‘Starvation diet’ creates low interest in Louisiana teaching profession
Low pay, safety concerns, gender gap underline second-class status perception of profession
In this file photo from July 22, teachers in East Baton Rouge protest their system’s planned reopening of schools — an example of one of the many factors experts say have driven the current teacher shortage in Louisiana and across the country. (Photo by JC Canicosa / Louisiana Illuminator)
Louisiana, like much of the country, is struggling through what is perhaps the worst teacher shortage in history. The situation is exacerbated by low wages, high inflation and school safety concerns, but also rooted in how society views public education and the teaching profession.
Numbers don’t lie. State Education Superintendent Cade Brumley sounded the alarm a year ago and in March saying there were 2,500 certified teacher vacancies across the state, affecting an estimated 50,000 K-12 students.
St. Tammany Parish, where public school teacher salaries rank among the top 10 in the state, filled about 300 openings earlier in the year but went into August with 96 open positions, according to a report from WDSU-TV. Shreveport’s KTBS-TV reported the Caddo Parish School District entered the school year with about 90 vacancies after hiring 200 new teachers over the summer.
Low pay is among the most commonly cited factors driving the shortage. Even after the legislature approved a $1,500 pay raise this year, Louisiana’s teachers are still some of the lowest paid in the country, ranking 43rd out of 50 states and Washington, D.C.
The average annual salary for a teacher in Louisiana is roughly $52,000 compared with the national average of $65,300, according to National Education Association statistics. Starting salaries for teachers, which researchers say are key to attracting new talent to the field, remain low across the country at an average of about $42,000, which roughly matches Louisiana’s figure.
Vicki Jarrell, a retired educator and school administrator who worked here and in Ohio, said Louisiana has neglected teacher pay and public education funding for far too long.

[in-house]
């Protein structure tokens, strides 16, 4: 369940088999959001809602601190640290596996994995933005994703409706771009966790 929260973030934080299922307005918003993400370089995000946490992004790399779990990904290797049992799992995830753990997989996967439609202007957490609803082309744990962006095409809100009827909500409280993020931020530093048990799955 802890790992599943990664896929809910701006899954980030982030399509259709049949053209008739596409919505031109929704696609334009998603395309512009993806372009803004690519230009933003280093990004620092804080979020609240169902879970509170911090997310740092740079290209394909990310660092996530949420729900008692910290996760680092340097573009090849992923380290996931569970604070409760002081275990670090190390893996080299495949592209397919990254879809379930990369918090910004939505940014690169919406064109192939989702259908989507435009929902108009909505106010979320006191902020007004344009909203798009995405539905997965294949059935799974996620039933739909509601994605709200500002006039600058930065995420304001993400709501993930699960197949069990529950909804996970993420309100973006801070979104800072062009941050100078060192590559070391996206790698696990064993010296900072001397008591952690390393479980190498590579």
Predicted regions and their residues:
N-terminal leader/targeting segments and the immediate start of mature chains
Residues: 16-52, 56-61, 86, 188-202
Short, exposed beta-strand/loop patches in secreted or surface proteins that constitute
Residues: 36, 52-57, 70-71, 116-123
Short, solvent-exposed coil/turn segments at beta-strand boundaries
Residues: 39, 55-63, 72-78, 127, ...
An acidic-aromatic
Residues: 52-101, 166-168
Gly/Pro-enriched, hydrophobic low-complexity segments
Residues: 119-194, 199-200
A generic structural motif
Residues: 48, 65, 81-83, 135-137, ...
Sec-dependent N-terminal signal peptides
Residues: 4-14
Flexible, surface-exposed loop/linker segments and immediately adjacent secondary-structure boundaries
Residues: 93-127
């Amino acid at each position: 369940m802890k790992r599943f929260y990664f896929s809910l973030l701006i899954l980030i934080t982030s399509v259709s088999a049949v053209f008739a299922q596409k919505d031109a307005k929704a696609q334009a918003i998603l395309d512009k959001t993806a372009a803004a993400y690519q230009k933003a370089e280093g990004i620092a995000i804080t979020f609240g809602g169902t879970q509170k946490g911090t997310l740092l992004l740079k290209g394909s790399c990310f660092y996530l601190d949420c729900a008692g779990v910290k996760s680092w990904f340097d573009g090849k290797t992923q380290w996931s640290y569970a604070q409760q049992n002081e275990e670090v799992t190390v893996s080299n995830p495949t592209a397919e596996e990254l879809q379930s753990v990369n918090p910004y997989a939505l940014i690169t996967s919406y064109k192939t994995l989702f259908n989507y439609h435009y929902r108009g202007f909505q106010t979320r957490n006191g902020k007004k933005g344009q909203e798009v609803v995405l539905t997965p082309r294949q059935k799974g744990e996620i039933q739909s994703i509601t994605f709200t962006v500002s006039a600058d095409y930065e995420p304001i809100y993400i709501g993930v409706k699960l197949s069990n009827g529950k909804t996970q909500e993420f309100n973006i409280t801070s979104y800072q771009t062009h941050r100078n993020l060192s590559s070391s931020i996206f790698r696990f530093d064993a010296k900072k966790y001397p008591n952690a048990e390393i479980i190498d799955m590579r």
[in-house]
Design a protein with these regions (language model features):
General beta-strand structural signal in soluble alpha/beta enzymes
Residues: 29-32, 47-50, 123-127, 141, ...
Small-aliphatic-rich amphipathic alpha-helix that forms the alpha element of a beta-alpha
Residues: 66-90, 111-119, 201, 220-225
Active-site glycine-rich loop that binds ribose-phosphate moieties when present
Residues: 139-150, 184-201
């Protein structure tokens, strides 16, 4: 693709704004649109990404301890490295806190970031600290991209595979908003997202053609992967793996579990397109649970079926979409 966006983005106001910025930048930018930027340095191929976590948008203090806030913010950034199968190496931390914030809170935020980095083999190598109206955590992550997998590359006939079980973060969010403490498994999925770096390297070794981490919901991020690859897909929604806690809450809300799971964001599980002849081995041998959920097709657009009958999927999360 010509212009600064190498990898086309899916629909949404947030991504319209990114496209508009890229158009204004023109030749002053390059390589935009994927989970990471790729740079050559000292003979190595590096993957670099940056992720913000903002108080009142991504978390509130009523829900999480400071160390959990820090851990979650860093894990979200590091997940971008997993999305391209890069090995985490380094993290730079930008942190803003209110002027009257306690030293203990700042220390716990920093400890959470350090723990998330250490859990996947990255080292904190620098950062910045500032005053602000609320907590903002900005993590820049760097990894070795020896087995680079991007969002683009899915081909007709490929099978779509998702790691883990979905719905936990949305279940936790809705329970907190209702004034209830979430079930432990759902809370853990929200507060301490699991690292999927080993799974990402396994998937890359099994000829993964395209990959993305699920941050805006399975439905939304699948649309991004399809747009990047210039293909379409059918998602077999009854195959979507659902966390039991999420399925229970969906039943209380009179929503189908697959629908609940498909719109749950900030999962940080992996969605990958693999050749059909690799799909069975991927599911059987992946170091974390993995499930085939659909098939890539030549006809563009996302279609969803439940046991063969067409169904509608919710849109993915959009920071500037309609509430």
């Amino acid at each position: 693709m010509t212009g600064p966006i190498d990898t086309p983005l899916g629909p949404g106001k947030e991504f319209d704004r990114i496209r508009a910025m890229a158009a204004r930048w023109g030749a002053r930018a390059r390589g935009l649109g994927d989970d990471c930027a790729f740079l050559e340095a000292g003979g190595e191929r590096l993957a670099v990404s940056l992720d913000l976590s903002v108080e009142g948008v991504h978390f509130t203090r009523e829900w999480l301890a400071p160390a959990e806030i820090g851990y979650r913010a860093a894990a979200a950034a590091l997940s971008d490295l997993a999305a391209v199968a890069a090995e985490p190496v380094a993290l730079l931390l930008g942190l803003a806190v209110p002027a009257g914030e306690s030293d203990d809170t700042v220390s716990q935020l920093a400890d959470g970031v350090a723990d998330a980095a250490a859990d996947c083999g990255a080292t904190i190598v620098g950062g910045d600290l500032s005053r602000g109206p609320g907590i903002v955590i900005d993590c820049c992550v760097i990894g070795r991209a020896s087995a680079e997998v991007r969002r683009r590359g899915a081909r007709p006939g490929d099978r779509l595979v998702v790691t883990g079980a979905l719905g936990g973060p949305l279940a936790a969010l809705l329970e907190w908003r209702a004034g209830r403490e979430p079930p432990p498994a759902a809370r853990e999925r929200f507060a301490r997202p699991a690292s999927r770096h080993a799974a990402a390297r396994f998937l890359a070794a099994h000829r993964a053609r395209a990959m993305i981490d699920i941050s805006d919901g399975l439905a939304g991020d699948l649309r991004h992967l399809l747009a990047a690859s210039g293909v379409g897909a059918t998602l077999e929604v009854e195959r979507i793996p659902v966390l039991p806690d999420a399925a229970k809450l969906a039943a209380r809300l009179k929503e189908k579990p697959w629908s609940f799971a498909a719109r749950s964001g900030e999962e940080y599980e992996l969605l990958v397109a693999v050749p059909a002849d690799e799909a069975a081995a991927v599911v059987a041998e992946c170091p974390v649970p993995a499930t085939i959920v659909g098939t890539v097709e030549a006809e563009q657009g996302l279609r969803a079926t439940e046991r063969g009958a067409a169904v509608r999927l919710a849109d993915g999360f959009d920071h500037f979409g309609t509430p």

“We’re not paying teachers a living wage,” Jarrell said. “They’re defunding little by little, bit by bit. When you don’t feed something, it dies. I think public education has been on a starvation diet for a while.”
‘How do I barricade my room?’
In terms of a compensation gap, Louisiana teachers earn 28% less than their college educated peers, according to a 2022 study by the Economic Policy Institute (EPI). Researchers refer to the gap as a wage penalty, meaning people who become teachers are penalized with wages below what they could earn in another profession with the same level of education.
Put another way, a Louisiana teacher making $52,000 per year could make approximately $72,000 in a different job sector.
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“Prior to the pandemic, the long-trending erosion in the relative wages and total compensation of teachers was already a serious concern,” the EPI report said. “The financial penalty that teachers face discourages college students from entering the teaching profession and makes it difficult for school districts to keep current teachers in the classroom.”
Dr. Margaret-Mary Sulentic Dowell, an education professor and researcher at LSU, said other factors driving the shortage include workplace stress, safety issues stemming from school shootings and public health emergencies, and a lack of support from the community and politicians.
Jarrell pointed to recent school shootings as particularly stressful.
“Teachers are now expected to prevent people from coming in and massacring everyone,” Jarrell said. “It used to be I would worry about how to get my students interested in a certain lesson… Now we have to think about, ‘OK, how do I barricade my room?’”
‘Education is not valued’
Other studies EPI examined show more students come to school unprepared to learn and that parents struggle to be involved — byproducts of rising poverty, segregation and insufficient public investment. Compounding the stress, more than two-thirds of teachers report they have less influence over what they teach in the classroom and what materials they can use, “which suggests low recognition of their knowledge and judgment,” researchers said.
These factors, as well as the low wages, have created what EPI calls a “perfect storm in the teacher labor market” and what Dowell said are symptoms of the devaluing of public education within American culture and politics.
“I think the root cause is education is not particularly valued as it is in other countries,” Dowell said in a phone interview. “Now people in the U.S. will often tell you to get an education, but teachers are generally relegated to second(-tier) status.”